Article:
Bank of Canada chief Mark Carney isn't afraid to confront Canada's financial titans.
He aimed these comments in the big banks' direction yesterday:
"We expect our banks to make lending available, to have credit available and affordable in Canada. We're acquiring a lot of their mortgages … up to $75 billion worth. We've given a guarantee with respect to some of their obligations. So this is a two-way street. We expect credit to be available through our financial institutions." (Reuters)
Carney also had concerns about upcoming potential risks. According to CTV:
He feels household incomes could drop significantly. Vulnerable households could then default on loans causing significant losses for Canada's banks he says.
Carney also said that banks who hoard capital because they fear loan losses will worsen the situation.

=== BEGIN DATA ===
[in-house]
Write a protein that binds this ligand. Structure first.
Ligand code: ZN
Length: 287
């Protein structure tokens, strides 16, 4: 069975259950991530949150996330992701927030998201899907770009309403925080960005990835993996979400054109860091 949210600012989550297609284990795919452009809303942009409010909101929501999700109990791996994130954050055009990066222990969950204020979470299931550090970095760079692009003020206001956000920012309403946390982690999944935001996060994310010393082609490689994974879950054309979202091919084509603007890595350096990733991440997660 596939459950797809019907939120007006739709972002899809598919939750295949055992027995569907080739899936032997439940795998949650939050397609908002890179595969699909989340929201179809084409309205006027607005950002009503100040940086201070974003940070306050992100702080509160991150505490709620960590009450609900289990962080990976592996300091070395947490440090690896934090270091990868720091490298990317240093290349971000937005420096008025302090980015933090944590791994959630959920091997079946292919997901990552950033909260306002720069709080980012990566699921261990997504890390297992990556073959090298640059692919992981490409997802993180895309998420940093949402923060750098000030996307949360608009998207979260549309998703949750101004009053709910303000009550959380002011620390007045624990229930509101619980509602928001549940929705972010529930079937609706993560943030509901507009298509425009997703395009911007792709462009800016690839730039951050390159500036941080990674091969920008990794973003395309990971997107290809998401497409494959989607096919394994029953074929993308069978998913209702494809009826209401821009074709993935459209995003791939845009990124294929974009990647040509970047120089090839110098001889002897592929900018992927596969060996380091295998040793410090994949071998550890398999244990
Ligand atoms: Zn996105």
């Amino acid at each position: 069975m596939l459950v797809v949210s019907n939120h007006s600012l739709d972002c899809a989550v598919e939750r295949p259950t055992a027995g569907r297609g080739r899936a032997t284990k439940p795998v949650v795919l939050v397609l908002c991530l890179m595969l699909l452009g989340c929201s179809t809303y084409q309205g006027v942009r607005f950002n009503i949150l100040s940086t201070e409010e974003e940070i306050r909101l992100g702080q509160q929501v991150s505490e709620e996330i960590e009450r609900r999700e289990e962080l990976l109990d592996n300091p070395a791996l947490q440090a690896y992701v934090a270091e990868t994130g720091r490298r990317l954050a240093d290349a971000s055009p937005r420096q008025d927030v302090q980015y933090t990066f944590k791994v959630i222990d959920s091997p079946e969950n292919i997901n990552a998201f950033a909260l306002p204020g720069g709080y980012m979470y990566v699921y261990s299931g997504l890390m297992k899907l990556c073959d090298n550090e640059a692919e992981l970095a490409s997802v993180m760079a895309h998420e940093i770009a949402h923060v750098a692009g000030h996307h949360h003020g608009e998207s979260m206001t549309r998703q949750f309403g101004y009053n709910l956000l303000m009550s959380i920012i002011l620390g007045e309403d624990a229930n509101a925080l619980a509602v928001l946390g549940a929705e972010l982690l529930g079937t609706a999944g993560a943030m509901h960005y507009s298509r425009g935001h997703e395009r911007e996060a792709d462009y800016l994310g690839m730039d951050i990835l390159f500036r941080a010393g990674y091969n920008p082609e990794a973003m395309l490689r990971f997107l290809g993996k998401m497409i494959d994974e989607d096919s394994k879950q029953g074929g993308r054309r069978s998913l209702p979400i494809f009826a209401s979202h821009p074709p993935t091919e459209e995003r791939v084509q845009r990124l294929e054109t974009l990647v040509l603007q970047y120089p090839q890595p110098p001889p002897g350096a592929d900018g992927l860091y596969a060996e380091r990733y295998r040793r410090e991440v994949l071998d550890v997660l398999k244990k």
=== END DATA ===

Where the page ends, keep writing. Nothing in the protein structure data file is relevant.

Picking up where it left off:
Well, that doesn't exactly make banks want to lend.
On the other hand, based on historical credit spreads, 5-year fixed rates should be in the low 3% range right now. Instead they're close to 5%. There is room to drop if lenders want to–on the fixed side at least. A lot of people know that and they aren't happy that rates are being held up.
(On a related note, there's been a nice drop in the "TED spread" lately. The TED spread is a good measure of perceived credit risk and it has been tracking mortgage rate premiums pretty closely…so down is good.)
Given all this, the big banks have increasingly been under the spotlight to loosen up lending. Canadians can thank Mr. Carney for making the spotlight brighter.
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